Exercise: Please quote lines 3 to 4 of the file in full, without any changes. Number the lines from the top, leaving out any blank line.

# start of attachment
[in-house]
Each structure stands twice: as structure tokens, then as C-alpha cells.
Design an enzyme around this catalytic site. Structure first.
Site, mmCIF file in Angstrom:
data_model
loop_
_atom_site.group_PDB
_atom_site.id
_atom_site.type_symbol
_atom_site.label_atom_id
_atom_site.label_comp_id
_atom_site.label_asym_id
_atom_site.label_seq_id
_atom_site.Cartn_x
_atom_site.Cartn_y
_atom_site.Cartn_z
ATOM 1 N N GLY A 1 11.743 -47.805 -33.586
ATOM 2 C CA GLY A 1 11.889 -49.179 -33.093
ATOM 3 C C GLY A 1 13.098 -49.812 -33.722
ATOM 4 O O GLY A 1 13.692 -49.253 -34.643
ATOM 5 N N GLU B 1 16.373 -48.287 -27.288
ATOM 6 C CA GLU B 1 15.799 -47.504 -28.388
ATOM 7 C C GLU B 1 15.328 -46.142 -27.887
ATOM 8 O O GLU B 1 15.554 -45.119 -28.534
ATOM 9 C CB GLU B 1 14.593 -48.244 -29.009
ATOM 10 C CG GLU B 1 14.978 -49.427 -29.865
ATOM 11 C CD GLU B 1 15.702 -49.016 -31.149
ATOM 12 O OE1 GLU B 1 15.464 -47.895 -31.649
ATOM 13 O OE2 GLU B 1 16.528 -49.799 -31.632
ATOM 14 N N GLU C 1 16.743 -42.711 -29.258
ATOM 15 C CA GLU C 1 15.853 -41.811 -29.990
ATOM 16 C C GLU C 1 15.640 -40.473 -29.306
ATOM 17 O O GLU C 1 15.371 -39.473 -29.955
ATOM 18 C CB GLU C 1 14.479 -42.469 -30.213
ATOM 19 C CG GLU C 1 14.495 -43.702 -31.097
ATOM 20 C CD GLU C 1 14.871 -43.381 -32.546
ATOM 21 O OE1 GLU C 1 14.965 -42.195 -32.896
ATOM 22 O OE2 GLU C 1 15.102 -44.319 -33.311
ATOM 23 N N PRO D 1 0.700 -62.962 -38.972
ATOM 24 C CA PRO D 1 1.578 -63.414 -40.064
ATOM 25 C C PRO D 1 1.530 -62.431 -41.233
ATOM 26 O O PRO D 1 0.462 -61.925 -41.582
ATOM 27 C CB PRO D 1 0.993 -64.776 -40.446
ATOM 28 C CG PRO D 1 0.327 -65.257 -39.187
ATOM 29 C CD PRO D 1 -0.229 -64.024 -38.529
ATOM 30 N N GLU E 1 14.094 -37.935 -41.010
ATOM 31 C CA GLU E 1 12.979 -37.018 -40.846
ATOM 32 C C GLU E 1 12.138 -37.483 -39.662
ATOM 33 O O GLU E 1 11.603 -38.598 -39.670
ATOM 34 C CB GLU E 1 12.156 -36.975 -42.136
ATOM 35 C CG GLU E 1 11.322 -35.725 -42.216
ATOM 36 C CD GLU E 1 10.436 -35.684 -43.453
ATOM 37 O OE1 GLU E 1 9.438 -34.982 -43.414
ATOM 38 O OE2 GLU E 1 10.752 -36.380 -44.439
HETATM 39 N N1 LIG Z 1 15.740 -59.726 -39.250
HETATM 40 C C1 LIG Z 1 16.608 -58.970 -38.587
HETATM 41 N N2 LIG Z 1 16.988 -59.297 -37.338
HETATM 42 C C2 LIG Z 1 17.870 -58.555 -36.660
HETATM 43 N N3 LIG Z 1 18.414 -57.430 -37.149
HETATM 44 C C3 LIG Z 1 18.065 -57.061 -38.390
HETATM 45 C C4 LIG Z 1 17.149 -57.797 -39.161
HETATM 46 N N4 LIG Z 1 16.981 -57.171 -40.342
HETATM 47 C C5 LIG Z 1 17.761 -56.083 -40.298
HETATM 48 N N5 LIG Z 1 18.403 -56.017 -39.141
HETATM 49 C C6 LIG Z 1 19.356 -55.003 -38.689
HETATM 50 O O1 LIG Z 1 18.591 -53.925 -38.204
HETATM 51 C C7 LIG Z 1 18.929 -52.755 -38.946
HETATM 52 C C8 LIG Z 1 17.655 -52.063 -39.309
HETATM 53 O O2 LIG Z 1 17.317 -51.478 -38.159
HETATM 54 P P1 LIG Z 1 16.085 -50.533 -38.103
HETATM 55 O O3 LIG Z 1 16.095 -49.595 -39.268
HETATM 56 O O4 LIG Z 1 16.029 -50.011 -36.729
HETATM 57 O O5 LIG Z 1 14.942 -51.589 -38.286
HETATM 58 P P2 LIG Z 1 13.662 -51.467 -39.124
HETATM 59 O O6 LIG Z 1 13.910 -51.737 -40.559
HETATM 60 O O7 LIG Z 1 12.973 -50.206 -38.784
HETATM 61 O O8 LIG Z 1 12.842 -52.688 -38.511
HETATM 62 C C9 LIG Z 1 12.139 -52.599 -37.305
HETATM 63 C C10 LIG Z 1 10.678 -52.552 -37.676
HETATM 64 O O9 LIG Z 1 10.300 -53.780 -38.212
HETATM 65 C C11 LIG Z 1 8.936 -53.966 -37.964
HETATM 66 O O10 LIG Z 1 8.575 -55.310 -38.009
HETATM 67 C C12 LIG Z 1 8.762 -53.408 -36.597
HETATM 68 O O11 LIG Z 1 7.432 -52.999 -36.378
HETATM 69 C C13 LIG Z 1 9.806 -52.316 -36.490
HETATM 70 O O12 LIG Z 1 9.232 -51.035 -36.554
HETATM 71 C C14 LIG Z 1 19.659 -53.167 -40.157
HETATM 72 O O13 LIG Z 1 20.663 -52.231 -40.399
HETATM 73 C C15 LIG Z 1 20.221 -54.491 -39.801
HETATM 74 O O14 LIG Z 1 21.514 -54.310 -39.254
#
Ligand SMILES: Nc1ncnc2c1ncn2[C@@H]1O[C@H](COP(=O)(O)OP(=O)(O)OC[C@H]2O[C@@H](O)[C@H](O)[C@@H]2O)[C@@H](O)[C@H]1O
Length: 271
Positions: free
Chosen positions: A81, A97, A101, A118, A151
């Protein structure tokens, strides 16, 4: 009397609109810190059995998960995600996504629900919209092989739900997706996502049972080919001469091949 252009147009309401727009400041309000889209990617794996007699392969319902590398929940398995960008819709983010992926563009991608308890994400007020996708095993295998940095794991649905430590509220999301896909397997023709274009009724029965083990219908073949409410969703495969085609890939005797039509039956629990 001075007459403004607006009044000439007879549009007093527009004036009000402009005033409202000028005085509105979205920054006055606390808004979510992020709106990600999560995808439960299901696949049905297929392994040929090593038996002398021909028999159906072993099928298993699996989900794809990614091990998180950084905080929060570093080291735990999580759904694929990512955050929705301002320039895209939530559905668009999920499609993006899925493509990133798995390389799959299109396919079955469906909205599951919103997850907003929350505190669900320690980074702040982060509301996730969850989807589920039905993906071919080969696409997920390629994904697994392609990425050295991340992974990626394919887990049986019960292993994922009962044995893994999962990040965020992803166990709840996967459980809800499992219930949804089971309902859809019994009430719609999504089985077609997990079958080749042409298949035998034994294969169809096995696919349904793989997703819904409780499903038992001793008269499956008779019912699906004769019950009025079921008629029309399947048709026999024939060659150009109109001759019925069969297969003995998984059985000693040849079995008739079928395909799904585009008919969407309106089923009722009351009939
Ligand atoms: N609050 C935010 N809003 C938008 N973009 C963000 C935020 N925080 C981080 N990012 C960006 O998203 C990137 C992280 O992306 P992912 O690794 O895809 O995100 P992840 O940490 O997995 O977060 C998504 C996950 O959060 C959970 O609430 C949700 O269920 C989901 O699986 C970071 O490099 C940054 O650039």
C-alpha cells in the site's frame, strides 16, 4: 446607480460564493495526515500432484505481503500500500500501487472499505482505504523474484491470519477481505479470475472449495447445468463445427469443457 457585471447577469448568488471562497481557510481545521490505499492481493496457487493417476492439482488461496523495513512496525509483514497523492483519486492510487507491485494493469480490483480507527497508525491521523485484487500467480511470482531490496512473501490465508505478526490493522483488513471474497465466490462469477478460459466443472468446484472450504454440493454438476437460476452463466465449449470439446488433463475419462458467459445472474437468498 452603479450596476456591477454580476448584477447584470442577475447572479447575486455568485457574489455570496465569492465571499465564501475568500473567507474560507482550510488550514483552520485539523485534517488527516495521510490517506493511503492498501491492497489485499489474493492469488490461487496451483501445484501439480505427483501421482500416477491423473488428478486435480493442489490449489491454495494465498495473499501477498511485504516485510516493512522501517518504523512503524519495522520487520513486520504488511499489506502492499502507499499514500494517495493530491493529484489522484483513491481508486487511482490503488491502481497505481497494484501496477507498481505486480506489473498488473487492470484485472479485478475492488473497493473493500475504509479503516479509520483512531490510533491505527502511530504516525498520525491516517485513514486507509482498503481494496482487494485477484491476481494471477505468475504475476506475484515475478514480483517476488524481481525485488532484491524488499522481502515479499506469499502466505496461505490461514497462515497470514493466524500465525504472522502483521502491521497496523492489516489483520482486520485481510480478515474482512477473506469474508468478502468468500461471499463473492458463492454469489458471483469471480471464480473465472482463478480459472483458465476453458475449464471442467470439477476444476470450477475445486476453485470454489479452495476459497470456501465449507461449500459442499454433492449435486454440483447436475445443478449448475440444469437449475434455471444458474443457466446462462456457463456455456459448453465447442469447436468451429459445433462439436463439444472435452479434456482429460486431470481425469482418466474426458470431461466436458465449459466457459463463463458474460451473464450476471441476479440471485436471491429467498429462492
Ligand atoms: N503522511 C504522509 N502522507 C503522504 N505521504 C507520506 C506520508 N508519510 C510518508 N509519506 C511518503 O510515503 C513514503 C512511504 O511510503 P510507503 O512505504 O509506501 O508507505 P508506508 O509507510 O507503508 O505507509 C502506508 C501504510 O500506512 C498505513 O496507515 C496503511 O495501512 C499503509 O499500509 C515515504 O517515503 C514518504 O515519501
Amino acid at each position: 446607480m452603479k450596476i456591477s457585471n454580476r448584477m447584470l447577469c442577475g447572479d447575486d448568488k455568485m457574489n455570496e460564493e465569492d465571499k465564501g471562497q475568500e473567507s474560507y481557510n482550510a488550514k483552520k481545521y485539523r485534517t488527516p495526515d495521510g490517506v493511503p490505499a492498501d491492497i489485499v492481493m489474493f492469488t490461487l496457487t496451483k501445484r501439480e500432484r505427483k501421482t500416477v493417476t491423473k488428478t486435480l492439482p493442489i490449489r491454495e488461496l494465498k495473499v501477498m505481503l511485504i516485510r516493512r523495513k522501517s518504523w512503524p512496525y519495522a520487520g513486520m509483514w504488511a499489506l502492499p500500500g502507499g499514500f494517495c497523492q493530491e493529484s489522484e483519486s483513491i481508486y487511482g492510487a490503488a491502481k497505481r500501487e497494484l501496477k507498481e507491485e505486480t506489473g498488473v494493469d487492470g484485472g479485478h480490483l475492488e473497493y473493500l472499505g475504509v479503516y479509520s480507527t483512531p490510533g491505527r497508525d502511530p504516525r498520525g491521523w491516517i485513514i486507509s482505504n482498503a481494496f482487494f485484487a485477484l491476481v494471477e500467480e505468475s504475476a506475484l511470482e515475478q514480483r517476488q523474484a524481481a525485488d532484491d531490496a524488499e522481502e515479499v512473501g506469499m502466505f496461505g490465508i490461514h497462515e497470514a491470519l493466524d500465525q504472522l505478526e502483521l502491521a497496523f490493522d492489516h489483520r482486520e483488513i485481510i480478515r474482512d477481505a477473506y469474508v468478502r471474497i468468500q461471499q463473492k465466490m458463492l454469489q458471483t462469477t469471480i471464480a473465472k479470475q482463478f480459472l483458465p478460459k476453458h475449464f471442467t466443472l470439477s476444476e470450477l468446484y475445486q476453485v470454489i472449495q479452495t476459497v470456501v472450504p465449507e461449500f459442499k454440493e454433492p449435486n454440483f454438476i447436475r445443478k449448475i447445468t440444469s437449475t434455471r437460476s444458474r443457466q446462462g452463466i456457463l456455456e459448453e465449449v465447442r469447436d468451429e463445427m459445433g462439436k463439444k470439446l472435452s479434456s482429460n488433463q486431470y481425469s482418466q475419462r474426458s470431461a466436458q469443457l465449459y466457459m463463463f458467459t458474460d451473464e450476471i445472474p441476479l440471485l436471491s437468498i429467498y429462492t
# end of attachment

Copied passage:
Design an enzyme around this catalytic site. Structure first.
Site, mmCIF file in Angstrom: